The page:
You may not have achieved star baker status just yet, but you can follow a recipe and whip up a mean sugar cookie when the mood strikes. In fact, you’ve been known to do such a thing, um, once every year or three. Let’s be honest: You either bake sweet treats on the regular, or you reserve such a culinary undertaking for special occasions. If you fall into the latter category and a special occasion has come around, you might be wondering whether those dusty baking ingredients in your pantry are still fair game. And perhaps you already know that flour and coffee can be finicky...but does sugar go bad? Good news, friends: The sweet stuff is safe. Although sugar can undergo changes in texture over time, there is nothing about this staple that invites mold or spoilage of any kind. In other words, you can stop giving that old bag of Domino the side-eye and carry on with your culinary project.
Does Sugar Go Bad? Because That Box Has Been Sitting in the Pantry for Who Knows How Long...
How Long Does Sugar Last?
In case you missed it: Sugar does not go bad. Whether you’re using just a pinch for a meat marinade or a whole cup in a recipe for some sort of indulgent baked good, old sugar poses no health risk. That said, sugar does have a shelf life when it comes to optimal quality—namely in terms of texture. Mealy or clumpy sugar won’t make you sick, but it can affect the outcome of your dish, so for best results follow these guidelines.
- Granulated sugar: There are actually no guidelines here. Granulated sugar will stay fresh and perfect forever. Seriously. And here’s another tip: If your granulated sugar starts to form small clumps, they will disintegrate with only the lightest touch.
- Confectioners’ sugar: Commonly known as powdered sugar, this fluffy and ultra-fine sugar is often used in icing recipes. Don’t be deceived by the delicate texture, though, because confectioners’ sugar will still be at its best for up to two years.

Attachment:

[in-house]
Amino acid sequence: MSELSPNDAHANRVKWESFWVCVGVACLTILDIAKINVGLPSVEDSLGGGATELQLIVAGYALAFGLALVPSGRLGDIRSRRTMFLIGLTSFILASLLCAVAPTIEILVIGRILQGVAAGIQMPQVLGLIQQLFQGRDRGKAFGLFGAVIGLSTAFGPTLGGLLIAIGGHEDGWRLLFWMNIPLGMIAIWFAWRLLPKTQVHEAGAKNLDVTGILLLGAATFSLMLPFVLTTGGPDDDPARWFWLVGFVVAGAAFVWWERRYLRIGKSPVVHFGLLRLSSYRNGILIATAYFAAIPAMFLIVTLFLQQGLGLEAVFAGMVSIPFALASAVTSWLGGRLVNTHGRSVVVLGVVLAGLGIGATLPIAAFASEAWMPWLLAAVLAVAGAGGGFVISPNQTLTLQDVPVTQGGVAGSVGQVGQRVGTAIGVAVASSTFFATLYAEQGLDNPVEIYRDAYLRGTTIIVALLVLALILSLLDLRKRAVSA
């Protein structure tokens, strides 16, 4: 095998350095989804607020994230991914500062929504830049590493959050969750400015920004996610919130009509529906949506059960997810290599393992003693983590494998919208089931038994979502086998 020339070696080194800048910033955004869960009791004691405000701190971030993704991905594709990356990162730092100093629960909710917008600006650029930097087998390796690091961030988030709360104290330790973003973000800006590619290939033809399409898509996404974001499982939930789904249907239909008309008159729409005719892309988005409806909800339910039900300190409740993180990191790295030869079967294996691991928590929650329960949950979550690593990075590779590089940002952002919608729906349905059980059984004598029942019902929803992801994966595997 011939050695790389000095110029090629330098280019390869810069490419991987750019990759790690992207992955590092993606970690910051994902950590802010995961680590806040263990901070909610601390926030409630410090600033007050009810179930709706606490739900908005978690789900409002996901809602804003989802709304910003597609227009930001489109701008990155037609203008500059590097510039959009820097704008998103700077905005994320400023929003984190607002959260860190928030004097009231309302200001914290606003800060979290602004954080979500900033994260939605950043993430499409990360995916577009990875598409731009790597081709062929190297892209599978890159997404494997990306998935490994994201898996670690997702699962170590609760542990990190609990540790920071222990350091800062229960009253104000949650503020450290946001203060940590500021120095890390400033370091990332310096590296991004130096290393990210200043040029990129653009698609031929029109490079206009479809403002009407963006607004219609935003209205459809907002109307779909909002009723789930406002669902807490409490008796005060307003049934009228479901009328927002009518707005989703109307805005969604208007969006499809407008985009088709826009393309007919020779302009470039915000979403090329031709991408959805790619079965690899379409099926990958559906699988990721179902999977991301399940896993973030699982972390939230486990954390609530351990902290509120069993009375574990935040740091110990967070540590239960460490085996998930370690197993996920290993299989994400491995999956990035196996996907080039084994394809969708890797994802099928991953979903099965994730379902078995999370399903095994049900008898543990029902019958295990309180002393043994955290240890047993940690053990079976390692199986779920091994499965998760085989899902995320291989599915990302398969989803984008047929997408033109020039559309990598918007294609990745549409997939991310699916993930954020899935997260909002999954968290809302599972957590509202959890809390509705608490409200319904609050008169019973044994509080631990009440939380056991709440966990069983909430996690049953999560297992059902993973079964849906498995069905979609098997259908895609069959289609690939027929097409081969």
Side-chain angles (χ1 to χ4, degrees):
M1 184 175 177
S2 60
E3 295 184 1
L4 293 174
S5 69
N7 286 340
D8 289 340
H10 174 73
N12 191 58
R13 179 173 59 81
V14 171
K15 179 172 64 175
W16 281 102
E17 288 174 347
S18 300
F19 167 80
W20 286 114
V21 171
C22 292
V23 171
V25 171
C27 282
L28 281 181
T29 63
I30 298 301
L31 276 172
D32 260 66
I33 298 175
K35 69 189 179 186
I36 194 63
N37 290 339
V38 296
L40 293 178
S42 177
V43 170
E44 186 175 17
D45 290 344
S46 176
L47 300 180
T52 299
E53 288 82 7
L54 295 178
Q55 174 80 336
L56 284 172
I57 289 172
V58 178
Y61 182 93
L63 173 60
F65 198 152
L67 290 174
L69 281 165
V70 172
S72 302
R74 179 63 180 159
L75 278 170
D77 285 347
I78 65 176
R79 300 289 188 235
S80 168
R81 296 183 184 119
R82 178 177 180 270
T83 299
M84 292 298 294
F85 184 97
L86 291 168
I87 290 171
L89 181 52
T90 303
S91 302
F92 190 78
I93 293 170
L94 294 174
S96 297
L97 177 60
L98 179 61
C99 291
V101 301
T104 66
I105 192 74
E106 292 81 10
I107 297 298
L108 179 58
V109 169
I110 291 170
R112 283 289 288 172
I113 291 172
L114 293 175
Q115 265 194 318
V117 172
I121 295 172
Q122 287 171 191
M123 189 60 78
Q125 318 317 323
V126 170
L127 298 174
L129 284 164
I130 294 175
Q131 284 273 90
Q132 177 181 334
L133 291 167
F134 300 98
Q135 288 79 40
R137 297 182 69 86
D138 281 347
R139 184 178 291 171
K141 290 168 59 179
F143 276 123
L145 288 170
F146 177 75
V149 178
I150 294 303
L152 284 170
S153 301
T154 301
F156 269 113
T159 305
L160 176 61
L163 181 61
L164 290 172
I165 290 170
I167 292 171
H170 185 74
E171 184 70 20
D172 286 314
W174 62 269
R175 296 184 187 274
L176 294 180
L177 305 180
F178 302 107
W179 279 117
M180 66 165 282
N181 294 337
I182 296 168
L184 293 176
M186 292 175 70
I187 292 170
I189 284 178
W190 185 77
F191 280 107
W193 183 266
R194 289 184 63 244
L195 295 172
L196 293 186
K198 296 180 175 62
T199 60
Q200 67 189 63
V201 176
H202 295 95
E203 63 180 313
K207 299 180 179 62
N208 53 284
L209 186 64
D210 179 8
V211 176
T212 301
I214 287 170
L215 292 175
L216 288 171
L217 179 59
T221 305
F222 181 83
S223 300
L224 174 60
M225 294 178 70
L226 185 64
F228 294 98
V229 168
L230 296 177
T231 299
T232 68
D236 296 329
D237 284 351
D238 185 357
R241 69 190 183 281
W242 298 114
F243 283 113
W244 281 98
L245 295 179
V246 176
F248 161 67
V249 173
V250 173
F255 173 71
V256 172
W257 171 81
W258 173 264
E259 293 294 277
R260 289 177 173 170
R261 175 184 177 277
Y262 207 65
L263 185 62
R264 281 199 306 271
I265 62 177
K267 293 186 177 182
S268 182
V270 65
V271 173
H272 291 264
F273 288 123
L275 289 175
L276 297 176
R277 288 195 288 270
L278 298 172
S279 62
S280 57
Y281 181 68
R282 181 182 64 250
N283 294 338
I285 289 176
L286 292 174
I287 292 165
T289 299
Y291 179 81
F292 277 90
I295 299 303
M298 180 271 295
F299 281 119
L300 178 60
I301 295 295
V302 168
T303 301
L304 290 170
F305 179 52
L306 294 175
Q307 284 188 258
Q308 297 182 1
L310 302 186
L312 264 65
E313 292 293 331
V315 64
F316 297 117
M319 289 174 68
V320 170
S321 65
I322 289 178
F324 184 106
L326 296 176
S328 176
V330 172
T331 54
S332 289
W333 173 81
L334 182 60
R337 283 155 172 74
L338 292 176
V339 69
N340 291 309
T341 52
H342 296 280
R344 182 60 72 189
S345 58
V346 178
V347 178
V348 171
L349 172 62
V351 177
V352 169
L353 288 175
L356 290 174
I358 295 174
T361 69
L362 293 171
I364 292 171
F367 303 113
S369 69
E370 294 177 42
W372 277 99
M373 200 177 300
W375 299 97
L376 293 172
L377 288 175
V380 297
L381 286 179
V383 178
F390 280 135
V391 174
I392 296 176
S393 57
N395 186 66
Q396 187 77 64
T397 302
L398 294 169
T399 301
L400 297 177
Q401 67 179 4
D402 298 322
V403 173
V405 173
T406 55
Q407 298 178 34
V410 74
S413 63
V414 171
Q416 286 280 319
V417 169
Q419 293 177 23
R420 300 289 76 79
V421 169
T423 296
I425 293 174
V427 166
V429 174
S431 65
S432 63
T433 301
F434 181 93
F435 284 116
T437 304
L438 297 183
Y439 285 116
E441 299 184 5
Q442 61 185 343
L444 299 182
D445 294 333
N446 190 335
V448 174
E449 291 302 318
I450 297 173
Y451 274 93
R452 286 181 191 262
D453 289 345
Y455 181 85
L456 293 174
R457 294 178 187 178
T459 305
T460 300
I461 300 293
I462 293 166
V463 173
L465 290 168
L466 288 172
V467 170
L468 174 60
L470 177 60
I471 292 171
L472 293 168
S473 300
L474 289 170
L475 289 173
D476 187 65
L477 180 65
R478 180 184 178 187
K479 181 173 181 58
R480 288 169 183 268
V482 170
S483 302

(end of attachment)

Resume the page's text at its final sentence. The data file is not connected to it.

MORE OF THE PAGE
- Brown sugar: For that soft, fresh from the store texture, you should aim to use brown sugar up within 18 months. After that, you can expect your brown sugar to lose a little moisture. (A natural but harmless part of the aging process.) And if your brown sugar has aged, fear not: It will taste just as sweet as the young stuff, but it might be slightly hardened at first—a problem that can be resolved by simply breaking up the clumps before using it in your recipe.
How Long Does Brown Sugar Last?
Brown sugar, like all the sugars, does not go bad. Still, unlike confectioners and granulated sugar, the brown stuff boasts a higher moisture content, which means you’re more likely to notice textural changes over time due to evaporation. So, what does that look like? Well, your box of brown sugar might turn into a solid brick (decidedly not measuring cup-friendly). Fortunately, there’s an easy way to soften your brown sugar—just try this easy microwave hack per the U.S. Sugar Co.
- Place half a pound of brown sugar in a microwave bowl.
- Dampen a few pieces of paper towel and place them on top of the sugar.
- Tightly cover the bowl with plastic wrap.
- Microwave on high for 90 seconds.
How to Store Sugar
Cool and dry storage areas are ideal for all types of sugar—so skip the fridge, which might introduce unwanted humidity, and stick with the pantry. Choose cupboards away from heat sources like the stove and oven (because these also give off moisture) and keep open packages of sugar in airtight containers. Also, be sure to store sugar away from smelly items lest it absorb the odor. (Because there’s nothing worse than blueberry muffins with an out-of-place garlic flavor.)
How to Tell If Sugar is Bad
This one is easy...because sugar does not go bad. The only things you have to worry about are hardening and clumping, which are not very worrisome at all when you consider that they don’t affect the quality of the product, but only make measuring a bit more cumbersome. When you see these changes occur with any type of sugar, you can simply break up the hardened bits with your hands and then use a sifter to restore the original texture—or use the microwave trick above for petrified brown sugar. One more thing: Just because sugar doesn’t go bad or grow bacteria, doesn’t mean it’s not susceptible to bugs—follow the storage advice above to ensure that your cakes stay ant-free.
There you have it—that old box of sugar lurking in the back of the pantry is still safe to consume. (And you now have zero excuses for not bringing something to that bake sale tomorrow.)